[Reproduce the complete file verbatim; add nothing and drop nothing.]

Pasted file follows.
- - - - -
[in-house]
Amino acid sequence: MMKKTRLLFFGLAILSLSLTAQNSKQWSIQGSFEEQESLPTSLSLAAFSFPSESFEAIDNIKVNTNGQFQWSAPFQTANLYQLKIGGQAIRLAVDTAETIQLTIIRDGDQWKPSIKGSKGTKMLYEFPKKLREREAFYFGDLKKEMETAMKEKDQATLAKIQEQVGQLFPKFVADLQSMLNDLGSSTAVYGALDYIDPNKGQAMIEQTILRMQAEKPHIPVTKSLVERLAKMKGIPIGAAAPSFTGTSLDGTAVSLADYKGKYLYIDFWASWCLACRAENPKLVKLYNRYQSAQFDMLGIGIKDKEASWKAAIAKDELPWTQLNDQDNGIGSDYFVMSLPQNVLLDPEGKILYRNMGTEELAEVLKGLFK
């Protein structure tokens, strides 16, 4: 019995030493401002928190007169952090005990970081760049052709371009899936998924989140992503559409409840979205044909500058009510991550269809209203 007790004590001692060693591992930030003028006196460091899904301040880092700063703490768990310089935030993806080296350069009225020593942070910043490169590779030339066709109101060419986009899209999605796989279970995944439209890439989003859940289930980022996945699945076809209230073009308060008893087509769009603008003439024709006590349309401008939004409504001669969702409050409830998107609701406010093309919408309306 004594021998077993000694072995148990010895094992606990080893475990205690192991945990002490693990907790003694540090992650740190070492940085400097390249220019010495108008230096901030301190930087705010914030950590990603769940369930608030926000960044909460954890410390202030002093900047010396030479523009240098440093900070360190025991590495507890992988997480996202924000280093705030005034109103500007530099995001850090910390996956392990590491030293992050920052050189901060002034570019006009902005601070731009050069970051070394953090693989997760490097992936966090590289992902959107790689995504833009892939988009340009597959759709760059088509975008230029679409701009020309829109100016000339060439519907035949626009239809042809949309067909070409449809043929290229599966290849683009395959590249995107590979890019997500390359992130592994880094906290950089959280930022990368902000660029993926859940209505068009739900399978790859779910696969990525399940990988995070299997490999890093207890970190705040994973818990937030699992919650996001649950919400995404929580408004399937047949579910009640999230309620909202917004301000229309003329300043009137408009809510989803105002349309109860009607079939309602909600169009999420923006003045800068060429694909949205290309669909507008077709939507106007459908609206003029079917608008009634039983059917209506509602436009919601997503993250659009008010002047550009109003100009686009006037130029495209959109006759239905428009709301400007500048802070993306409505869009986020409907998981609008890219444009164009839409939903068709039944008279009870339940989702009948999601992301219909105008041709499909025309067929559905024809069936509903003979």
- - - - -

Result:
[in-house]
Amino acid sequence: MMKKTRLLFFGLAILSLSLTAQNSKQWSIQGSFEEQESLPTSLSLAAFSFPSESFEAIDNIKVNTNGQFQWSAPFQTANLYQLKIGGQAIRLAVDTAETIQLTIIRDGDQWKPSIKGSKGTKMLYEFPKKLREREAFYFGDLKKEMETAMKEKDQATLAKIQEQVGQLFPKFVADLQSMLNDLGSSTAVYGALDYIDPNKGQAMIEQTILRMQAEKPHIPVTKSLVERLAKMKGIPIGAAAPSFTGTSLDGTAVSLADYKGKYLYIDFWASWCLACRAENPKLVKLYNRYQSAQFDMLGIGIKDKEASWKAAIAKDELPWTQLNDQDNGIGSDYFVMSLPQNVLLDPEGKILYRNMGTEELAEVLKGLFK
């Protein structure tokens, strides 16, 4: 019995030493401002928190007169952090005990970081760049052709371009899936998924989140992503559409409840979205044909500058009510991550269809209203 007790004590001692060693591992930030003028006196460091899904301040880092700063703490768990310089935030993806080296350069009225020593942070910043490169590779030339066709109101060419986009899209999605796989279970995944439209890439989003859940289930980022996945699945076809209230073009308060008893087509769009603008003439024709006590349309401008939004409504001669969702409050409830998107609701406010093309919408309306 004594021998077993000694072995148990010895094992606990080893475990205690192991945990002490693990907790003694540090992650740190070492940085400097390249220019010495108008230096901030301190930087705010914030950590990603769940369930608030926000960044909460954890410390202030002093900047010396030479523009240098440093900070360190025991590495507890992988997480996202924000280093705030005034109103500007530099995001850090910390996956392990590491030293992050920052050189901060002034570019006009902005601070731009050069970051070394953090693989997760490097992936966090590289992902959107790689995504833009892939988009340009597959759709760059088509975008230029679409701009020309829109100016000339060439519907035949626009239809042809949309067909070409449809043929290229599966290849683009395959590249995107590979890019997500390359992130592994880094906290950089959280930022990368902000660029993926859940209505068009739900399978790859779910696969990525399940990988995070299997490999890093207890970190705040994973818990937030699992919650996001649950919400995404929580408004399937047949579910009640999230309620909202917004301000229309003329300043009137408009809510989803105002349309109860009607079939309602909600169009999420923006003045800068060429694909949205290309669909507008077709939507106007459908609206003029079917608008009634039983059917209506509602436009919601997503993250659009008010002047550009109003100009686009006037130029495209959109006759239905428009709301400007500048802070993306409505869009986020409907998981609008890219444009164009839409939903068709039944008279009870339940989702009948999601992301219909105008041709499909025309067929559905024809069936509903003979």